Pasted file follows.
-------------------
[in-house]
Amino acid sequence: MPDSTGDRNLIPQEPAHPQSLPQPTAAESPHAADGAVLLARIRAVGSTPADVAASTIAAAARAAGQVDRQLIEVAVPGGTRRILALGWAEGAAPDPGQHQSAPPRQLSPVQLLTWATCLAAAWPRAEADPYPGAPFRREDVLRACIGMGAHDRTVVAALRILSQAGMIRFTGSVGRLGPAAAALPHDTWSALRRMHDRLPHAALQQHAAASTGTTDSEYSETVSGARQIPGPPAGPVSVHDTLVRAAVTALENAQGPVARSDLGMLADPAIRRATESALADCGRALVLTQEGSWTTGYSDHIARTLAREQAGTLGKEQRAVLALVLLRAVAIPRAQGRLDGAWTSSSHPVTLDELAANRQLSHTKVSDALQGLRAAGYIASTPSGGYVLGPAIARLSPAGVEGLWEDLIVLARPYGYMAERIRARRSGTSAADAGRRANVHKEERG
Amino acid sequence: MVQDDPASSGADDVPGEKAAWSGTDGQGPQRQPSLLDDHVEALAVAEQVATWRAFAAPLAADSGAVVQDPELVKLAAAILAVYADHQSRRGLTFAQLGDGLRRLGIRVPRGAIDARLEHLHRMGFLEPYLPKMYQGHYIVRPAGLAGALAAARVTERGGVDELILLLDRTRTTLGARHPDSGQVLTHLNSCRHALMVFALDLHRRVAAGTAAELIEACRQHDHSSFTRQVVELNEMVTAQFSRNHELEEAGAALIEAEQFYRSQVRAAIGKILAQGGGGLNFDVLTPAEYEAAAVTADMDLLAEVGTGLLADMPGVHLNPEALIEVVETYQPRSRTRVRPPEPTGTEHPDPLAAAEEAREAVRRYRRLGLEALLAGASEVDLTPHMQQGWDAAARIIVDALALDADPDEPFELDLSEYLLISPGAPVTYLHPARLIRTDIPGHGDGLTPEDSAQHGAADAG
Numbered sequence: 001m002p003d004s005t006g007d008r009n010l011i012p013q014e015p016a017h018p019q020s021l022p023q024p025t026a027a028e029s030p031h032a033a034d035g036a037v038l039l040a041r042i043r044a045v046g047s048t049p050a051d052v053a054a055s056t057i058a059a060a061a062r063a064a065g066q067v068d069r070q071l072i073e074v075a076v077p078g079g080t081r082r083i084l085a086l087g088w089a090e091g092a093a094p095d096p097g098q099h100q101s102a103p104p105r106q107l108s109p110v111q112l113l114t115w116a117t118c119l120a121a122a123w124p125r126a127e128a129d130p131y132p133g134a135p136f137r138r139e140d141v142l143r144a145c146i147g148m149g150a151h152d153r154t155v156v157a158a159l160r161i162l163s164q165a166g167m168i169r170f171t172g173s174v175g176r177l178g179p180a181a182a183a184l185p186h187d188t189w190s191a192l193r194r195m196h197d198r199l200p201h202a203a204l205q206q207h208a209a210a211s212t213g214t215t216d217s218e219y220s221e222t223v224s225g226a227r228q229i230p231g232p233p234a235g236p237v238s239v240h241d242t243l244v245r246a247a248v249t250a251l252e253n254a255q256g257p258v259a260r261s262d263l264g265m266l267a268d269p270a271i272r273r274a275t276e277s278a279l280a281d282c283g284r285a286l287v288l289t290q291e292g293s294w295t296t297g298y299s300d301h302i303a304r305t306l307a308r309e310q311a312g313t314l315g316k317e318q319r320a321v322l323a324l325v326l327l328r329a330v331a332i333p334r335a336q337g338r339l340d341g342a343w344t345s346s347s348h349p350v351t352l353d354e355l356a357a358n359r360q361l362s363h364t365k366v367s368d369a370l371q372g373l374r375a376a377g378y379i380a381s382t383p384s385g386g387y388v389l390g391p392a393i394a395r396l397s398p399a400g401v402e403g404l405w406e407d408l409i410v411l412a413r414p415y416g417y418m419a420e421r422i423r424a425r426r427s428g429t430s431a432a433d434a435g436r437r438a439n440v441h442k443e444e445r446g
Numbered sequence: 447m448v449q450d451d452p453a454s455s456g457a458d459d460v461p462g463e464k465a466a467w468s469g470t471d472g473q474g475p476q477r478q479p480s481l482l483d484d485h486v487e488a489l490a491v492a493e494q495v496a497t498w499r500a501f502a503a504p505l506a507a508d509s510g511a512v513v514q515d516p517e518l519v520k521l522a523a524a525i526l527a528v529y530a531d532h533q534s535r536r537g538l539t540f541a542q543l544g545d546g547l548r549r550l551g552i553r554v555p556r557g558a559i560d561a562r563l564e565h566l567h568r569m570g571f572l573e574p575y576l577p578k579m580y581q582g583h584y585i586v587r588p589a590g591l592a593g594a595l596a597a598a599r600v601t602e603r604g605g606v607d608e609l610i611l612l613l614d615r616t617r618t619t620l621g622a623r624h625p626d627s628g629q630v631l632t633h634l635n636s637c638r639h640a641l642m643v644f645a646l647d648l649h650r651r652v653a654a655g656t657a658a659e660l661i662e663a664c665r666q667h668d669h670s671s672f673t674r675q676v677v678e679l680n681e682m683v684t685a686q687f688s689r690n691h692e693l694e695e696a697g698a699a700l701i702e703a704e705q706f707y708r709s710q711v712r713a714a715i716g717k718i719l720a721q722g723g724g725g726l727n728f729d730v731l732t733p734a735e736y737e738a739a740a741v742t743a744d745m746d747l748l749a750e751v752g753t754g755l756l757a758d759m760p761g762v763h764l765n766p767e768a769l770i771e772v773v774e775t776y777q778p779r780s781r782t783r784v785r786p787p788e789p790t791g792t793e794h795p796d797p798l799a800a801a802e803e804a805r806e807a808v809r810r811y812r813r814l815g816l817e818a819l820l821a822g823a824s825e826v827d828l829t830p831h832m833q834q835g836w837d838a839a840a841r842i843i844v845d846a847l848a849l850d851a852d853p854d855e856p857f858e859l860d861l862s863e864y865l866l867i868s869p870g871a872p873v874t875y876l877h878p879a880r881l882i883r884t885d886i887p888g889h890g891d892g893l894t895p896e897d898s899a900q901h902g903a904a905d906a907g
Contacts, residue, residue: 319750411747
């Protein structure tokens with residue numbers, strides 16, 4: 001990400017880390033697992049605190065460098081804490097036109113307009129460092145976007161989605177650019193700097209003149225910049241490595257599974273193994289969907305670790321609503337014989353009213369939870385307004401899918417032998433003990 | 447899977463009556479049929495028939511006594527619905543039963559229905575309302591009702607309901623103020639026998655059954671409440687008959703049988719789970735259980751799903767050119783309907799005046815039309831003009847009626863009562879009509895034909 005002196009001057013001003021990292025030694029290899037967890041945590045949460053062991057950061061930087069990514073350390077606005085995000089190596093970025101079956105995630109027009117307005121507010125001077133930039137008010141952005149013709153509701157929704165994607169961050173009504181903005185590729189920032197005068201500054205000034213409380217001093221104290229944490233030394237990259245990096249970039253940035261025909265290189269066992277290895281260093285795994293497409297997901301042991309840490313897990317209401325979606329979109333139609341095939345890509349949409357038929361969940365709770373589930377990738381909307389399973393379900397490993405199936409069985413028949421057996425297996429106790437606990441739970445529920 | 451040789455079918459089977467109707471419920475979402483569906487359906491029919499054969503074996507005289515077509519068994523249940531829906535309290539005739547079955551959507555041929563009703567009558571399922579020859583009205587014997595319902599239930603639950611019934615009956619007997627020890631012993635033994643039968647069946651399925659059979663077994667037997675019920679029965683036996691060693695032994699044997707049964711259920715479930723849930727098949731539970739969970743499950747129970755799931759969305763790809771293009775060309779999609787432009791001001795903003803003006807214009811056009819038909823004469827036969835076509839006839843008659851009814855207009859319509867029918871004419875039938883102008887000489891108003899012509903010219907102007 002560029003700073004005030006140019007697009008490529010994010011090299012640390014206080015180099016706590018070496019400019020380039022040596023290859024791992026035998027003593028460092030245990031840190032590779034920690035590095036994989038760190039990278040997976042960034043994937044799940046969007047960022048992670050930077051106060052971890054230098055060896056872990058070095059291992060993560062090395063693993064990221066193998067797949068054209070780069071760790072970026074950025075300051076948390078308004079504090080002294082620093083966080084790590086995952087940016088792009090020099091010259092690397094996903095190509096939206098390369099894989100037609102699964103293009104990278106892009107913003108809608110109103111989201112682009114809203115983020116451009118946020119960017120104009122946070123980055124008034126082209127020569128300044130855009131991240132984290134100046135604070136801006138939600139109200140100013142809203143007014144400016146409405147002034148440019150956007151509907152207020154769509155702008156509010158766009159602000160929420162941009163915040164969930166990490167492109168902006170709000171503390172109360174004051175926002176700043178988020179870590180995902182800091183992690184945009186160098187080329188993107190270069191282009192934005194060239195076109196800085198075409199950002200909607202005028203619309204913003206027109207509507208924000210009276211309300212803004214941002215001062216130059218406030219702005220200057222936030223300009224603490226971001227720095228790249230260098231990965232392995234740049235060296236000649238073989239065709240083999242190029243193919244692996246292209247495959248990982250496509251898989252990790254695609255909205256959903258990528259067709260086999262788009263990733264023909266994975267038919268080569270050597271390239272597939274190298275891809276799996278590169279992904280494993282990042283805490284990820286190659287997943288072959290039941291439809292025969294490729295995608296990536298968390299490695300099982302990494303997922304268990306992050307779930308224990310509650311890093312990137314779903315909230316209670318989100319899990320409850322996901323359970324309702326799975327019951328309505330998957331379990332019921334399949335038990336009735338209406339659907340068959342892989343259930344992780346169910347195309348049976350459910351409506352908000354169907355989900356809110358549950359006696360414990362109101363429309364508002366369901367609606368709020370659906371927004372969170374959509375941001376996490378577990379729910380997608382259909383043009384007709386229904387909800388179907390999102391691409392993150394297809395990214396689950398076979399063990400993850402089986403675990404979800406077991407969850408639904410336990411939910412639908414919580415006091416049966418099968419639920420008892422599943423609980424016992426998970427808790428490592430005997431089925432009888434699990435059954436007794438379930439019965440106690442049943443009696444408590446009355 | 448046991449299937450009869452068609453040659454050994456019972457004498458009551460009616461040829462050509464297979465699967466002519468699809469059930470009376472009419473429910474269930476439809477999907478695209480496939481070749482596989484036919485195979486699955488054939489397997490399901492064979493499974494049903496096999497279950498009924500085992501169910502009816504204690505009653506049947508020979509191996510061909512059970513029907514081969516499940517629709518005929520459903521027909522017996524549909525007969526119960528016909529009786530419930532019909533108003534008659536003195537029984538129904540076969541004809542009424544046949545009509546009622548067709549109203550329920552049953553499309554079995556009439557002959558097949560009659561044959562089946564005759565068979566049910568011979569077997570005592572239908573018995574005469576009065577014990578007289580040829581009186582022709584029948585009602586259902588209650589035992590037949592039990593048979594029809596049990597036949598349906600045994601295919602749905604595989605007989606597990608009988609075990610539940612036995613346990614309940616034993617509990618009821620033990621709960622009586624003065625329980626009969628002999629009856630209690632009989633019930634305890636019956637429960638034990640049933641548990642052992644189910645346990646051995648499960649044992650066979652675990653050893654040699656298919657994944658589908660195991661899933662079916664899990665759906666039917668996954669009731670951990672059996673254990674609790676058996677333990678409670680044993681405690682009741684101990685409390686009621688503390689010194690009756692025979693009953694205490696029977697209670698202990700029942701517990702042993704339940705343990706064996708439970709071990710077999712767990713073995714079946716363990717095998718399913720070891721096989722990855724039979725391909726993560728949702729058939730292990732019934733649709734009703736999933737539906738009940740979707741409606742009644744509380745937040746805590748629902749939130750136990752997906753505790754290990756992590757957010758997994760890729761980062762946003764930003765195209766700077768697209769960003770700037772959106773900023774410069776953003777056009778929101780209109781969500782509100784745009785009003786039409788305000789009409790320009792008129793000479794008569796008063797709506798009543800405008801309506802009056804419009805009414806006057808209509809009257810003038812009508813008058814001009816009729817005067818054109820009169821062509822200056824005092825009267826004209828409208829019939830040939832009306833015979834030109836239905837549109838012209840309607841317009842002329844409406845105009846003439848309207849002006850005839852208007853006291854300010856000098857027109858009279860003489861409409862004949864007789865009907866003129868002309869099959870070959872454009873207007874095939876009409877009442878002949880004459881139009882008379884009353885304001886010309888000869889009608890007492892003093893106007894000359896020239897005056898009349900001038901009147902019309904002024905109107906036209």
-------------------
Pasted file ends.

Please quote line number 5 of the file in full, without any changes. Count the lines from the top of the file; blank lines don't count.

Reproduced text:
Numbered sequence: 447m448v449q450d451d452p453a454s455s456g457a458d459d460v461p462g463e464k465a466a467w468s469g470t471d472g473q474g475p476q477r478q479p480s481l482l483d484d485h486v487e488a489l490a491v492a493e494q495v496a497t498w499r500a501f502a503a504p505l506a507a508d509s510g511a512v513v514q515d516p517e518l519v520k521l522a523a524a525i526l527a528v529y530a531d532h533q534s535r536r537g538l539t540f541a542q543l544g545d546g547l548r549r550l551g552i553r554v555p556r557g558a559i560d561a562r563l564e565h566l567h568r569m570g571f572l573e574p575y576l577p578k579m580y581q582g583h584y585i586v587r588p589a590g591l592a593g594a595l596a597a598a599r600v601t602e603r604g605g606v607d608e609l610i611l612l613l614d615r616t617r618t619t620l621g622a623r624h625p626d627s628g629q630v631l632t633h634l635n636s637c638r639h640a641l642m643v644f645a646l647d648l649h650r651r652v653a654a655g656t657a658a659e660l661i662e663a664c665r666q667h668d669h670s671s672f673t674r675q676v677v678e679l680n681e682m683v684t685a686q687f688s689r690n691h692e693l694e695e696a697g698a699a700l701i702e703a704e705q706f707y708r709s710q711v712r713a714a715i716g717k718i719l720a721q722g723g724g725g726l727n728f729d730v731l732t733p734a735e736y737e738a739a740a741v742t743a744d745m746d747l748l749a750e751v752g753t754g755l756l757a758d759m760p761g762v763h764l765n766p767e768a769l770i771e772v773v774e775t776y777q778p779r780s781r782t783r784v785r786p787p788e789p790t791g792t793e794h795p796d797p798l799a800a801a802e803e804a805r806e807a808v809r810r811y812r813r814l815g816l817e818a819l820l821a822g823a824s825e826v827d828l829t830p831h832m833q834q835g836w837d838a839a840a841r842i843i844v845d846a847l848a849l850d851a852d853p854d855e856p857f858e859l860d861l862s863e864y865l866l867i868s869p870g871a872p873v874t875y876l877h878p879a880r881l882i883r884t885d886i887p888g889h890g891d892g893l894t895p896e897d898s899a900q901h902g903a904a905d906a907g